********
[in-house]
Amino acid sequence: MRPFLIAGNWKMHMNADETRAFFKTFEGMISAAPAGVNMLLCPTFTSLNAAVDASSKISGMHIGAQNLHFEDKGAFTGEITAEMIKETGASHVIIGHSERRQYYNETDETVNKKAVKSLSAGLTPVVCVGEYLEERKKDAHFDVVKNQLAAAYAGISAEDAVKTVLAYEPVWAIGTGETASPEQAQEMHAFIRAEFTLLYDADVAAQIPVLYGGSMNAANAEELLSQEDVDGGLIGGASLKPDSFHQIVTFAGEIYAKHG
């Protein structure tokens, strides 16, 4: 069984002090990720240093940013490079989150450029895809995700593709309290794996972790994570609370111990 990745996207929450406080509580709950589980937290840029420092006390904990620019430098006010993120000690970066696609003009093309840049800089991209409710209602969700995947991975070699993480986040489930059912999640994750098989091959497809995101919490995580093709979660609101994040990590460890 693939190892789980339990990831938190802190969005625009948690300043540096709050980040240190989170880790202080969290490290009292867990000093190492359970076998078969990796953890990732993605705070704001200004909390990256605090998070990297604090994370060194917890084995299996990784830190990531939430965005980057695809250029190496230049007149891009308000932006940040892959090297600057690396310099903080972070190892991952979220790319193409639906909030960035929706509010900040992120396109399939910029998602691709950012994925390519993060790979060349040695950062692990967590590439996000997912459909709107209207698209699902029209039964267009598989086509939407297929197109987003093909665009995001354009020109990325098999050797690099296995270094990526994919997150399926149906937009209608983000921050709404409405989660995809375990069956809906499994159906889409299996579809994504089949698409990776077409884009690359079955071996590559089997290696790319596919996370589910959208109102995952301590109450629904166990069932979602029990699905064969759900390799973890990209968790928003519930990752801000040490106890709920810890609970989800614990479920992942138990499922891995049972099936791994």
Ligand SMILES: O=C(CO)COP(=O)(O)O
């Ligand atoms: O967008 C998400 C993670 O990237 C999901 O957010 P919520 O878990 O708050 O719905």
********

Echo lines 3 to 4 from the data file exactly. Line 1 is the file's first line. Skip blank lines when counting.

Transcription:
């Protein structure tokens, strides 16, 4: 069984002090990720240093940013490079989150450029895809995700593709309290794996972790994570609370111990 990745996207929450406080509580709950589980937290840029420092006390904990620019430098006010993120000690970066696609003009093309840049800089991209409710209602969700995947991975070699993480986040489930059912999640994750098989091959497809995101919490995580093709979660609101994040990590460890 693939190892789980339990990831938190802190969005625009948690300043540096709050980040240190989170880790202080969290490290009292867990000093190492359970076998078969990796953890990732993605705070704001200004909390990256605090998070990297604090994370060194917890084995299996990784830190990531939430965005980057695809250029190496230049007149891009308000932006940040892959090297600057690396310099903080972070190892991952979220790319193409639906909030960035929706509010900040992120396109399939910029998602691709950012994925390519993060790979060349040695950062692990967590590439996000997912459909709107209207698209699902029209039964267009598989086509939407297929197109987003093909665009995001354009020109990325098999050797690099296995270094990526994919997150399926149906937009209608983000921050709404409405989660995809375990069956809906499994159906889409299996579809994504089949698409990776077409884009690359079955071996590559089997290696790319596919996370589910959208109102995952301590109450629904166990069932979602029990699905064969759900390799973890990209968790928003519930990752801000040490106890709920810890609970989800614990479920992942138990499922891995049972099936791994």
Ligand SMILES: O=C(CO)COP(=O)(O)O